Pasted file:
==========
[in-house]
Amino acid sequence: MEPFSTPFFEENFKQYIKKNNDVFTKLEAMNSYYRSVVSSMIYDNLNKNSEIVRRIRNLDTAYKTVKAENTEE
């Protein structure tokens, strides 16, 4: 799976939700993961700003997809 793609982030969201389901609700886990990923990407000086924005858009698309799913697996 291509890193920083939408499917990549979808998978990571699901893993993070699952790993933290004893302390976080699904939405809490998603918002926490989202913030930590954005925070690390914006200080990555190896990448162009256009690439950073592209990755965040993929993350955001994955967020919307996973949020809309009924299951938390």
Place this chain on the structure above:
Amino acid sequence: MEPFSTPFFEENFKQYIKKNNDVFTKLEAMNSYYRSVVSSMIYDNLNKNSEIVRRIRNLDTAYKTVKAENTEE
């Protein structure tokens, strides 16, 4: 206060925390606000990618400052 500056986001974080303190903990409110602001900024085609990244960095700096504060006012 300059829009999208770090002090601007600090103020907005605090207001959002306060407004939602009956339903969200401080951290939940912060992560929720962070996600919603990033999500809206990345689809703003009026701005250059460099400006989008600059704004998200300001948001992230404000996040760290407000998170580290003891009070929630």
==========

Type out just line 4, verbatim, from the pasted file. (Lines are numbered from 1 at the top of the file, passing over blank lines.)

Place this chain on the structure above: